I posted another blog post in my Lost in Translation series this time with a focus on the technical aspects of recording videos or audio files.

Most institutions will (probably) have equipment which staff can use, but if there is a strategic approach to building a sustainable approach to the use of video and audio, then universities will need to reflect if they have sufficient resources to support the increased demand for cameras and microphones.

video recording
Image by StockSnap from Pixabay

Tuesday I was still in London for a briefing session, well as it happened it got cancelled, so I worked in the office.

Apple have announced that they are going to stop selling the iPod once the current stocks of iPod touch run out. So did you have an iPod and if so which one?

iPod
Photo by Cartoons Plural on Unsplash

Wednesday, I did two all-staff briefings for two directorates on the Jisc HE sector strategy. From the feedback I got they seemed to be well received.

I was reminded on the Twitter about when I took my bike to work. I made a video back then.

Mike Sharples posted an excellent Twitter thread on how AI can be used to write essays. I agree with Mike, if we are setting students assignments that can be answered by AI, are we really helping students learn?

I enjoyed the #LTHEchat on images in presentations in the evening.

These two blog posts from 2005 (and 2007) were very influential on my presentation style: Gates, Jobs, & the Zen aesthetic and Learning from Bill Gates & Steve Jobs. I also posted  a link to a presentation from an internal TEDx event about delivering presentations – A duck goes quack.

Thursday, I made my way to Harwell for a drop in session I was running at the Jisc offices there, alas an accident the closure of the M4 meant I spent nearly four hours sitting the car rather than sitting in a room talking to Jisc staff. In the end I had to abandon my visit to the office.

Friday, I had a scoping call about learning spaces in higher education. Interested in the kinds of learning spaces higher education is using, flexibility, technology and the kinds of activities spaces are being used for.

I found this WonkHE article interesting – Learning design is the key to assuring the quality of modular provision in which Nick Mount talks about building quality assurance into the design of modular programmes and micro-credentials.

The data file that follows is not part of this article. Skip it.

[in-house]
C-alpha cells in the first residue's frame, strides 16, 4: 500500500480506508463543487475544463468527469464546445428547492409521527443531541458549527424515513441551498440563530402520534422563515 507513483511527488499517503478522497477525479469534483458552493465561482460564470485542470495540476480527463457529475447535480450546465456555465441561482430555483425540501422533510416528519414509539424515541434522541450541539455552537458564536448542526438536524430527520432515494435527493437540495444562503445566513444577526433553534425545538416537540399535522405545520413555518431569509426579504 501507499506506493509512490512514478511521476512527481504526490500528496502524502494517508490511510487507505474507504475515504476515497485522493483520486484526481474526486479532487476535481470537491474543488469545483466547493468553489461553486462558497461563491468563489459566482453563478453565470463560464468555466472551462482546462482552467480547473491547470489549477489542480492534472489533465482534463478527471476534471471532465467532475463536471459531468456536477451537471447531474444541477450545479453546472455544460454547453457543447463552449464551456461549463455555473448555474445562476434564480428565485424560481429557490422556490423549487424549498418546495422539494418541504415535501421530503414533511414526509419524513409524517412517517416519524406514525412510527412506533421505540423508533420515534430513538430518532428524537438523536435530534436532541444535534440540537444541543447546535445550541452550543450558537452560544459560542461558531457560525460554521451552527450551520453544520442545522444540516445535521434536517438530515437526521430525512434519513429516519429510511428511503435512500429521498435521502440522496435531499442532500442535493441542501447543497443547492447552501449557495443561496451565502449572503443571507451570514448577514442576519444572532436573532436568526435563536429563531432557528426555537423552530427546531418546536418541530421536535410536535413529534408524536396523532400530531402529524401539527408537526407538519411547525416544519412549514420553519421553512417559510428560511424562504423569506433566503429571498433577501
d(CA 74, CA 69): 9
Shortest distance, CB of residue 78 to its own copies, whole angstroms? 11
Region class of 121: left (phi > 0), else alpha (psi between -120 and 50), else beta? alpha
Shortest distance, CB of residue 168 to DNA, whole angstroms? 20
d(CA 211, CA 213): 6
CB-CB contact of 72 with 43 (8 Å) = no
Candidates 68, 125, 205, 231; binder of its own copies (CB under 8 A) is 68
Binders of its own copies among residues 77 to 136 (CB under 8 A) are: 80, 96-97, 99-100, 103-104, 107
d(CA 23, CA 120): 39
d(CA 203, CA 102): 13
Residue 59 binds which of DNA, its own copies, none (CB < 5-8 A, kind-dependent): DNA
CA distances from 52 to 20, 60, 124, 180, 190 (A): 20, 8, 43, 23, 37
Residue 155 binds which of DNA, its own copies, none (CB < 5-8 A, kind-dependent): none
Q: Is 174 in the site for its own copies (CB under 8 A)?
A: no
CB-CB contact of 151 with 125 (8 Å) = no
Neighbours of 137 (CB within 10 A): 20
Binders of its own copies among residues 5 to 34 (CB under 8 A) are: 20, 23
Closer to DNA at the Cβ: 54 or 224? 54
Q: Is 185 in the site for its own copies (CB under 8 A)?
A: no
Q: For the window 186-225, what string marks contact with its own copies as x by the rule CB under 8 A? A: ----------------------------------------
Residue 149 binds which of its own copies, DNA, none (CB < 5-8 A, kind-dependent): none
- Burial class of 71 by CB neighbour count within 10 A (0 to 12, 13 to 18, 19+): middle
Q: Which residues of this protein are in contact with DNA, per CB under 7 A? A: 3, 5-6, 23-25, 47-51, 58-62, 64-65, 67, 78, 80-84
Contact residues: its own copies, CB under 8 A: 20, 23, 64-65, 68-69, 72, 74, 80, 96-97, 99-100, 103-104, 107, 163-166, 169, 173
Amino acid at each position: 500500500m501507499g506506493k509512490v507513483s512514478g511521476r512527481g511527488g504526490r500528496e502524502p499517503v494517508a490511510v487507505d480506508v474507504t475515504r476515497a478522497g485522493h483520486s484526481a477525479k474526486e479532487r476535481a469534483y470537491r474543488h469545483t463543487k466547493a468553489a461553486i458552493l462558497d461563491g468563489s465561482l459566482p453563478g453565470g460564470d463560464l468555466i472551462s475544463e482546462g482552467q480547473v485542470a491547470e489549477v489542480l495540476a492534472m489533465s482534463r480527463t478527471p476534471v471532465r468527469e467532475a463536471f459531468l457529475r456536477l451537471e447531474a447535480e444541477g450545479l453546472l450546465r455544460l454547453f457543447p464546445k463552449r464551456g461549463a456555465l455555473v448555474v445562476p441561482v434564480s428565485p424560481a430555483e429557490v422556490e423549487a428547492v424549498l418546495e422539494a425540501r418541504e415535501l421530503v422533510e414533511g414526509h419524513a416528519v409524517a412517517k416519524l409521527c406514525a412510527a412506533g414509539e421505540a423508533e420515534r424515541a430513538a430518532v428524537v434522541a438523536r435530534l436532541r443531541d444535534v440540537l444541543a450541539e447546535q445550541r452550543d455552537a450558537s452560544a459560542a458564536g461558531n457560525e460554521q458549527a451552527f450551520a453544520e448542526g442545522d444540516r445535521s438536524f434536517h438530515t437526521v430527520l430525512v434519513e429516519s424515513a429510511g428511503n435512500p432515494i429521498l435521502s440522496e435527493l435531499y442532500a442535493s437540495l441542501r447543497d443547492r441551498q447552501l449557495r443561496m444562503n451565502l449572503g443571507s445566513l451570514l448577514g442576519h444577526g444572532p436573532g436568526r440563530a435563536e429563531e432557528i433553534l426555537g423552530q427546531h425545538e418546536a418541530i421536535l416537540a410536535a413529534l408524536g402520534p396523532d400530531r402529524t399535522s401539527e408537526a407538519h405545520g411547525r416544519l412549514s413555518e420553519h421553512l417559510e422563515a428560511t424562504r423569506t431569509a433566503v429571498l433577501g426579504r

Traditional providers can expect to find themselves facing the difficult job of rethinking existing assurance processes that are designed for coherent, longitudinal programmes of study, so that they can accommodate a new pick-and-mix landscape of highly portable and stackable micro-credential learning.

My top tweet this week was this one.

Using AI to write an essay

Over on the Twitter, Mike Sharples has written a thread about how students could potentially use AI to write assignments (and how academics could use AI to mark and provide feedback).

As Mike points out, existing tools such as Turnitin won’t spot these fakes.

Though I do think we should stop going down the rhetoric that all students want to cheat, I do agree with some of what Mike says in this tweet in that we do need to reflect and rethink assessment.

I also agree with Mike’s other tweet in this thread if we are setting students assignments that can be answered by AI, are we really helping students learn?  

Of course this only the beginning of how AI will impact on education.

At the QMUL VLE Expo

Choosing a VLE for your university can be a challenge. Everyone has a different opinion, people have different needs, student want an outstanding experience. 

Sometimes just changing the VLE can be a catalyst for change, but you can also lose people who were heavily invested in the existing system.

Today I was at the Queen Mary University of London 2022 VLE Expo conference.

This conference is brought to you by the “SP192 VLE Review” project, one of the strategic projects that work together to deliver the 2030 strategy. The main aim of today’s conference is to gather your views and needs from a future VLE. We will use your contributions and feedback today to help shape a recommendation paper that will be used to decide the direction we will take with our VLE provision.

The university wants to ensure that whichever direction they go, it is  about delivering on their vision.

That is what this day is all about – making sure our Virtual Learning Environment matches our vision and fully supports our students in their journey.

I like how the focus is about, what do we want to do to achieve our strategic aspirations, how will the VLE help us to do that, and which platform (or platforms) will enable us to do that.

Of course the VLE is only part of the solution, knowing how to use the technical functions of the VLE is one thing, knowing how to use the VLE to support and enhance learning is a more challenging problem. Embedding the VLE into the curriculum is also a challenge.

My role in the day was to sit on a panel discussion, The Future of Digital Education, to discuss emerging themes from the day. I hope to address some of the issues with why you need a VLE and then thinking about how you will meet those needs.

Lost in translation: cameras and microphones

video recording
Image by StockSnap from Pixabay

As part of my work in looking at the challenges in delivering teaching remotely during this crisis period I have been reflecting on how teaching staff can translate their existing practice into new models of delivery that could result in better learning, but also have less of detrimental impact on staff an students.

One of the things we noticed when the pandemic struck and lockdown happened, was as the education sector moved rapidly to remote delivery was the different models that people used. However what we did see was many people were translating their usual practice to an online version.

In my post on translating the lecture I discussed the challenges of translating your 60minute lecture into a 60 minute online video presentation. 

There are some problems with this as you are not providing an online video version of the lecture. You are using a platform like Teams or Zoom to deliver the lecture via a webcam. You will not be able to “read” the room as you can in a face to face environment. Video presentations also lose much of the energy that a physical presentation has. It can flatten the experience and people will disengage quite rapidly.